Chemical spillage in Codornices Creek leaves dozens of trout dead

A rocky creek flowers through a leafy and green landscape.
Jessica Schwabach/Staff

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Dozens of dead trout appeared in the Codornices Creek after a garbage truck fire April 3, and members of the community are now looking to officials to investigate the incident, as first reported by Berkeleyside.

Berkeley Fire Department responded to the fire, using water and foam to extinguish the truck. Photos of the scene show that some of the foam made it into the Codornices Creek, leading some to believe that the death of the fish in the creek was caused by the foam. The California Department of Fish and Wildlife is investigating the incident, according to Berkeleyside.

According to Ben Eichenberg, a staff attorney at Baykeeper — a nonprofit organization that monitors and investigates pollution in the San Francisco Bay — “Class A” foam was used to extinguish the firetruck. Eichenberg said this type of foam is known to kill fish.

Eichenberg lives half a block away from the site of the incident and said he counted 15 dead trout within his block. Eichenberg said he is certain that the toxic foam caused the deaths of the trout, noting that there was still foam 24 hours after the spillage in nearby storm drains.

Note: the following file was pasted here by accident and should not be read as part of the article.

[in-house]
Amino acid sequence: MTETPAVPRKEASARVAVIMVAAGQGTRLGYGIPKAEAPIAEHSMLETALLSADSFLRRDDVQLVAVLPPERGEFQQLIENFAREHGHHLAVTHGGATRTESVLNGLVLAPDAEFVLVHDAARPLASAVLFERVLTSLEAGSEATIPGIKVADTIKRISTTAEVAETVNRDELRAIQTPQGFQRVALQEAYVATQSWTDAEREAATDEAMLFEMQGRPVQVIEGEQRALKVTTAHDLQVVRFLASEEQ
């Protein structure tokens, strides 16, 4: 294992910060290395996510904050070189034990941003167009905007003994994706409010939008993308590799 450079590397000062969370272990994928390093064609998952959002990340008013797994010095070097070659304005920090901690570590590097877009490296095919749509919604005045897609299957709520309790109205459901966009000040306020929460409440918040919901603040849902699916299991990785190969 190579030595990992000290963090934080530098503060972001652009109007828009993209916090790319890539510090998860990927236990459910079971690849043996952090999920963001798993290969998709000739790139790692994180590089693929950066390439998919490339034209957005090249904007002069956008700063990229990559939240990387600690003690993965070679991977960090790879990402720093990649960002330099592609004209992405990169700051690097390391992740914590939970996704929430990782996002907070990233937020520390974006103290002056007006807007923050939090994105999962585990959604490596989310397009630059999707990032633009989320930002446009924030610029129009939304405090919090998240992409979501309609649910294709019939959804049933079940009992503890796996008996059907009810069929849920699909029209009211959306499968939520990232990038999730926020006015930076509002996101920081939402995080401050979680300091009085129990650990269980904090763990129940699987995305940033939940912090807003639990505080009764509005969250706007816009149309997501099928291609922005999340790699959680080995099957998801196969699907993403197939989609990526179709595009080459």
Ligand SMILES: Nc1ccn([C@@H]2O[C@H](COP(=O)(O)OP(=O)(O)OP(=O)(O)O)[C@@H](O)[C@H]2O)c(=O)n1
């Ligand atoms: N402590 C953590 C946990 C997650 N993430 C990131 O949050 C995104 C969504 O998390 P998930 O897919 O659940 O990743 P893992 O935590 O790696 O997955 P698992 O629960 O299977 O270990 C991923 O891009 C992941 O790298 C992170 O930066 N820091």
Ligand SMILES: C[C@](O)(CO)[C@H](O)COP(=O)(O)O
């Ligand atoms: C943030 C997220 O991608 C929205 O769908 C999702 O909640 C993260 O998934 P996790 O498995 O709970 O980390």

While Eichenberg was careful not to place blame on anyone or criticize the Fire Department’s decision to use the foam, he said there should have been trucks vacuuming the foam after the fire was extinguished to prevent spillage into the creek.

“I was really dismayed. A lot of work and a lot of love has gone into that creek,” Eichenberg said. “There was a living, thriving ecosystem in the middle of an urban area.”

Friends of Five Creeks, an organization that mobilizes volunteers to restore and maintain East Bay creeks, wrote a letter to the city of Berkeley and Albany outlining what actions should be taken. It emphasized that responses to this incident should include restocking the creek with more trout, determining whether and how more fish could have survived and maintaining the creek “in a way that will attract public involvement,” according to the letter.

Alameda Creek Alliance Executive Director Jeff Miller said the effects of the spill on the trout were “frustrating” and “disturbing.” Miller, too, is certain that the foam was the source of the dead trout and said this incident calls for better protocol, preparation and understanding of the impacts on wildlife.

“It points out how forgotten our urban creeks are,” Miller said. “We’ve put a lot of our creeks out of sight, out of mind. Often the health of our waterways (is) not thought of. Hopefully, it’ll be something that they think about more.”

Contact Julie Madsen at [email protected] and follow her on Twitter at @Julie_Madsen_.